Most Popular in:

Alternative Therapy Treatments

Email This Item! Print This Item!

Acupuncture Shown to Aid Those Undergoing Breast Cancer Treatment

Posted: January 19, 2010

page 2 of 3

Many women with breast cancer receive anti-estrogen hormone therapy, usually for as long as five years, in addition to other treatments. Although hormone therapy is effective in reducing tumor recurrence, it does cause hot flashes and night sweats. The antidepressant Effexor (venlafaxine) is the most commonly used therapy for relieving these symptoms, but the drug brings its own problems, namely dry mouth, reduced appetite, nausea and constipation. "We need something that's accessible that doesn't add adverse effects," Walker said.

For this study, 50 women with breast cancer were randomly assigned to receive 12 weeks of acupuncture (twice a week for four weeks then once a week) or daily Effexor. They were followed for a year.

Initially, both groups of women experienced similar reductions (about 50%) in hot flashes and depression, with an overall improvement in quality of life. But the acupuncture benefits were longer lived. Two weeks out, women taking the antidepressant saw a resurgence in hot flashes while women in the acupuncture arm continued to have far fewer problems. About 25% of women receiving acupuncture also reported more interest in sex while many also reported more energy and clearer thinking.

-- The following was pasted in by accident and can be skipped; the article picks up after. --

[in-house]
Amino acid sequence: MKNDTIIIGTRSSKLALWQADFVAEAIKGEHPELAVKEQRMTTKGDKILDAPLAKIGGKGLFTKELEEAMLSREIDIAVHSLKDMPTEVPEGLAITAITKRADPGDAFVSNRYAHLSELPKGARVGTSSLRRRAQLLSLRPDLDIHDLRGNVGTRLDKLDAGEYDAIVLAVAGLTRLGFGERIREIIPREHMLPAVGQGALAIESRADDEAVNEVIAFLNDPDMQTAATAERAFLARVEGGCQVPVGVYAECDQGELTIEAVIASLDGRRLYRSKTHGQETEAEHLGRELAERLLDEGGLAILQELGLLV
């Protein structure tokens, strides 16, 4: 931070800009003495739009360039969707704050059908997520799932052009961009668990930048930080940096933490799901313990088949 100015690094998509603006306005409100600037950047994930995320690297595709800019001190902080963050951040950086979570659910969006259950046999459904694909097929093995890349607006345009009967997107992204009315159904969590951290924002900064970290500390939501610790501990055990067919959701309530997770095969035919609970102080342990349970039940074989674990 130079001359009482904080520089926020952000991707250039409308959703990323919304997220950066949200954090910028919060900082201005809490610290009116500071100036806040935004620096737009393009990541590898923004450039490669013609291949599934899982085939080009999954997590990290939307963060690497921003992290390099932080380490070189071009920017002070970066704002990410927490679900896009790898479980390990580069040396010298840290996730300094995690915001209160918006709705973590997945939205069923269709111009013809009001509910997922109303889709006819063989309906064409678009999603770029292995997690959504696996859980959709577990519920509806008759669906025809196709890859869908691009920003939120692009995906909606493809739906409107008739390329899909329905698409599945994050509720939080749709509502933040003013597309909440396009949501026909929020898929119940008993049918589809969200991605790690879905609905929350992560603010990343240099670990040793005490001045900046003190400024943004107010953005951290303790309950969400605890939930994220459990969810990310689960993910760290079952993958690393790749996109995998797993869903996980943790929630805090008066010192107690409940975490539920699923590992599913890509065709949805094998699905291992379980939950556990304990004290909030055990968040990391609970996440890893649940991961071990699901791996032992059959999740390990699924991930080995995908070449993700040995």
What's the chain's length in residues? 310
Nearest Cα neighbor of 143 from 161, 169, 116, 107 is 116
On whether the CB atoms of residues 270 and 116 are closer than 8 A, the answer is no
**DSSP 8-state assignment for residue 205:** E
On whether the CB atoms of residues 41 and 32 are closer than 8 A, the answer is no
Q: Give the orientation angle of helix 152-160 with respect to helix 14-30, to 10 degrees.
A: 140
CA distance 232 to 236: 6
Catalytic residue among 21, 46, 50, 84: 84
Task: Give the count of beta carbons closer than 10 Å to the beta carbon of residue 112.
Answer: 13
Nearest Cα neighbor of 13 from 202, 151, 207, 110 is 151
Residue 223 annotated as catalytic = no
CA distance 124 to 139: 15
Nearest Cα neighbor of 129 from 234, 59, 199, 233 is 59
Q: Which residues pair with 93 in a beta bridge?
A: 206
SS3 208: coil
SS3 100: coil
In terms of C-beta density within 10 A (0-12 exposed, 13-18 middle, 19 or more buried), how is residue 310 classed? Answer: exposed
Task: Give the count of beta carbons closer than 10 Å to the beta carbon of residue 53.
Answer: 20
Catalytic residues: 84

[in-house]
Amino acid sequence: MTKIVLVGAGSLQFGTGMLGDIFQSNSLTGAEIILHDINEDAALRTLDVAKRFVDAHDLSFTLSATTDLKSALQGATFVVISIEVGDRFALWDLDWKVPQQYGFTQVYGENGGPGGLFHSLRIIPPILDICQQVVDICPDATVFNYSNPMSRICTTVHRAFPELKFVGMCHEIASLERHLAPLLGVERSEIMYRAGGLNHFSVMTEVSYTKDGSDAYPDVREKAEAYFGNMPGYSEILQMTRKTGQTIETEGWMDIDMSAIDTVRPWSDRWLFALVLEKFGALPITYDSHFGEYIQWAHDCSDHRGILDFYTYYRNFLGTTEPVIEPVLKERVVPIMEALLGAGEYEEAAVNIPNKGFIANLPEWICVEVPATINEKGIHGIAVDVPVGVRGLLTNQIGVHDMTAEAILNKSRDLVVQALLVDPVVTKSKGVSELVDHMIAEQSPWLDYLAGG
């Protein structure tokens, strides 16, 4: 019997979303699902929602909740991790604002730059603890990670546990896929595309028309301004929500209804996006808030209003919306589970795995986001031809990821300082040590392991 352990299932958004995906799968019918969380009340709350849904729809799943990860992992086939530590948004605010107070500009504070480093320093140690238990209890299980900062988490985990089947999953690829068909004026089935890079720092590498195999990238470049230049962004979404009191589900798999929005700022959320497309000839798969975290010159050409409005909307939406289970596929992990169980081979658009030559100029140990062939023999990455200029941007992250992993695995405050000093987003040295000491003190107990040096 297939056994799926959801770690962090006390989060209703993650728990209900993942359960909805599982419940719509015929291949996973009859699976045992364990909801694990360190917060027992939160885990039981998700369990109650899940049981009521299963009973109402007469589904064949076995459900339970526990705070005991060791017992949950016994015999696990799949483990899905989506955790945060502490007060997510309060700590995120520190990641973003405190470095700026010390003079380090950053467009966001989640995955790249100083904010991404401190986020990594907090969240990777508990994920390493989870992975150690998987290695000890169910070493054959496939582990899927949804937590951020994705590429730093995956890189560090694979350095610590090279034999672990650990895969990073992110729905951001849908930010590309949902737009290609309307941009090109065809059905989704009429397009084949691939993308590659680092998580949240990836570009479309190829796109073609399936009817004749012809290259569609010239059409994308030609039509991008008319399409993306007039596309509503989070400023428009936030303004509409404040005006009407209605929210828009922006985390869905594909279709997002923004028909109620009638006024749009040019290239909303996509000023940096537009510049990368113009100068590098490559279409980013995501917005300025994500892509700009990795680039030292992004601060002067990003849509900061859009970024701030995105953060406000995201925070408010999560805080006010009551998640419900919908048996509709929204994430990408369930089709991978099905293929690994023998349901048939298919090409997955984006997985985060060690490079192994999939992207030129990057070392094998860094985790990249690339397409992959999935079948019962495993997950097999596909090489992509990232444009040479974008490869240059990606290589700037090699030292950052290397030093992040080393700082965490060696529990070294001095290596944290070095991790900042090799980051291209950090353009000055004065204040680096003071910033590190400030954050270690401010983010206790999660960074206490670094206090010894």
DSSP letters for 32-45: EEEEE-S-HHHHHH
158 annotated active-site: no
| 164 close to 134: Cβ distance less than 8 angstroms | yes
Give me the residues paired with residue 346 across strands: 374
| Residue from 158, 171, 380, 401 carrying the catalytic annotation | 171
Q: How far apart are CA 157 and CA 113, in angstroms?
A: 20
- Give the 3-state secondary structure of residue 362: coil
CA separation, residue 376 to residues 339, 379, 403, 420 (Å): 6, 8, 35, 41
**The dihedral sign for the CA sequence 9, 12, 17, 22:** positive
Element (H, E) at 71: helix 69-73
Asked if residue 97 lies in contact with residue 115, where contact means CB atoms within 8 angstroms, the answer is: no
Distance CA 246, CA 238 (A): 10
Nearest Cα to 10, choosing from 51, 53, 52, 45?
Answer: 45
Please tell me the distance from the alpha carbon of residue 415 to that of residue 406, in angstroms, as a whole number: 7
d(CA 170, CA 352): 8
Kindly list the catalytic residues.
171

How might acupuncture work its magic? One expert had a theory. Acupuncture operates as a balancing mechanism, said Janet Konefal, a licensed acupuncturist and assistant dean of complementary and integrative medicine at the University of Miami Miller School of Medicine. "It is a regulator for the systems of the body," she explained. "It doesn't add or take anything—it simply increases activity or decreases activity depending upon the points used. In this situation, it helped regulate the endocrine system, thus helping to balance the activity of hormones, neurotransmitters, and other biochemical reactions that regulate the body."

However, getting access to the treatment can be problematic, Walker said. "The issue most of the time is the cost of it and whether insurance companies will pay for it," she said. Additional studies also need to look at how often women would need booster acupuncture to minimize their symptoms.